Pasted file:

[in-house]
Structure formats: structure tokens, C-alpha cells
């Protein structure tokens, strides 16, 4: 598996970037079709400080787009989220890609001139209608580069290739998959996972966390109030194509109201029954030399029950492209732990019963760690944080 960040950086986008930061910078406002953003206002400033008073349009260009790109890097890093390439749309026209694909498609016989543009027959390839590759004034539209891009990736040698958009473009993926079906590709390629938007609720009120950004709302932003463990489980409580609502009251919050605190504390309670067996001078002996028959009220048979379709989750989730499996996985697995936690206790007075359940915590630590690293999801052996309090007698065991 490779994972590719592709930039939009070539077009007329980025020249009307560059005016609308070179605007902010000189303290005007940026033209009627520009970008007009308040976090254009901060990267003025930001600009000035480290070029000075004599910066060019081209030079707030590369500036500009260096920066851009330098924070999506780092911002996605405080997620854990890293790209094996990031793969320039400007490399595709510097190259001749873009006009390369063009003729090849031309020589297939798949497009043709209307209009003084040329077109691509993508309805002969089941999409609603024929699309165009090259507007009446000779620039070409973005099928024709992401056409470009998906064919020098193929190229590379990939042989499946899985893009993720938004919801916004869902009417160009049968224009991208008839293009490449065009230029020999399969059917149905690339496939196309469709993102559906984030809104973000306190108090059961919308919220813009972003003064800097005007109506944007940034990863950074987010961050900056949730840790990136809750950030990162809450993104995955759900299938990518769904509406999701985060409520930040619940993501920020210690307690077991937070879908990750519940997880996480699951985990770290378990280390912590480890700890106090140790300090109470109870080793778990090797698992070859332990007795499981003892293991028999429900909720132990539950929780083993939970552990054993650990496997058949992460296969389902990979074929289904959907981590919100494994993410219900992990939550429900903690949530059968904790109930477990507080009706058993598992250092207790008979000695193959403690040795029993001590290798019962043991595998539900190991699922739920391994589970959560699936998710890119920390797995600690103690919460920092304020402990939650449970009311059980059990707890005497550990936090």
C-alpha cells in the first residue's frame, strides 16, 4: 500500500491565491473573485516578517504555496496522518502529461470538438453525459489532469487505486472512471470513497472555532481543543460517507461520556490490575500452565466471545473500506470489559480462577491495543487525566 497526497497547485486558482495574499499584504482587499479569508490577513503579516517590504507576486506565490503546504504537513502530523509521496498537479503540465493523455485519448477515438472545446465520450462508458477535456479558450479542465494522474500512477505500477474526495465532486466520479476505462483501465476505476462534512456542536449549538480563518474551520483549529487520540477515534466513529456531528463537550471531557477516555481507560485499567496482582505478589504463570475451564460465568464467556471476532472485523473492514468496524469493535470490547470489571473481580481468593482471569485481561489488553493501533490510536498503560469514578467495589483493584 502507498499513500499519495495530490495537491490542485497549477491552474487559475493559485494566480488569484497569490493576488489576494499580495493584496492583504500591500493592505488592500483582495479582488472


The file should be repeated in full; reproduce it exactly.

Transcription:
[in-house]
Structure formats: structure tokens, C-alpha cells
């Protein structure tokens, strides 16, 4: 598996970037079709400080787009989220890609001139209608580069290739998959996972966390109030194509109201029954030399029950492209732990019963760690944080 960040950086986008930061910078406002953003206002400033008073349009260009790109890097890093390439749309026209694909498609016989543009027959390839590759004034539209891009990736040698958009473009993926079906590709390629938007609720009120950004709302932003463990489980409580609502009251919050605190504390309670067996001078002996028959009220048979379709989750989730499996996985697995936690206790007075359940915590630590690293999801052996309090007698065991 490779994972590719592709930039939009070539077009007329980025020249009307560059005016609308070179605007902010000189303290005007940026033209009627520009970008007009308040976090254009901060990267003025930001600009000035480290070029000075004599910066060019081209030079707030590369500036500009260096920066851009330098924070999506780092911002996605405080997620854990890293790209094996990031793969320039400007490399595709510097190259001749873009006009390369063009003729090849031309020589297939798949497009043709209307209009003084040329077109691509993508309805002969089941999409609603024929699309165009090259507007009446000779620039070409973005099928024709992401056409470009998906064919020098193929190229590379990939042989499946899985893009993720938004919801916004869902009417160009049968224009991208008839293009490449065009230029020999399969059917149905690339496939196309469709993102559906984030809104973000306190108090059961919308919220813009972003003064800097005007109506944007940034990863950074987010961050900056949730840790990136809750950030990162809450993104995955759900299938990518769904509406999701985060409520930040619940993501920020210690307690077991937070879908990750519940997880996480699951985990770290378990280390912590480890700890106090140790300090109470109870080793778990090797698992070859332990007795499981003892293991028999429900909720132990539950929780083993939970552990054993650990496997058949992460296969389902990979074929289904959907981590919100494994993410219900992990939550429900903690949530059968904790109930477990507080009706058993598992250092207790008979000695193959403690040795029993001590290798019962043991595998539900190991699922739920391994589970959560699936998710890119920390797995600690103690919460920092304020402990939650449970009311059980059990707890005497550990936090």
C-alpha cells in the first residue's frame, strides 16, 4: 500500500491565491473573485516578517504555496496522518502529461470538438453525459489532469487505486472512471470513497472555532481543543460517507461520556490490575500452565466471545473500506470489559480462577491495543487525566 497526497497547485486558482495574499499584504482587499479569508490577513503579516517590504507576486506565490503546504504537513502530523509521496498537479503540465493523455485519448477515438472545446465520450462508458477535456479558450479542465494522474500512477505500477474526495465532486466520479476505462483501465476505476462534512456542536449549538480563518474551520483549529487520540477515534466513529456531528463537550471531557477516555481507560485499567496482582505478589504463570475451564460465568464467556471476532472485523473492514468496524469493535470490547470489571473481580481468593482471569485481561489488553493501533490510536498503560469514578467495589483493584 502507498499513500499519495495530490495537491490542485497549477491552474487559475493559485494566480488569484497569490493576488489576494499580495493584496492583504500591500493592505488592500483582495479582488472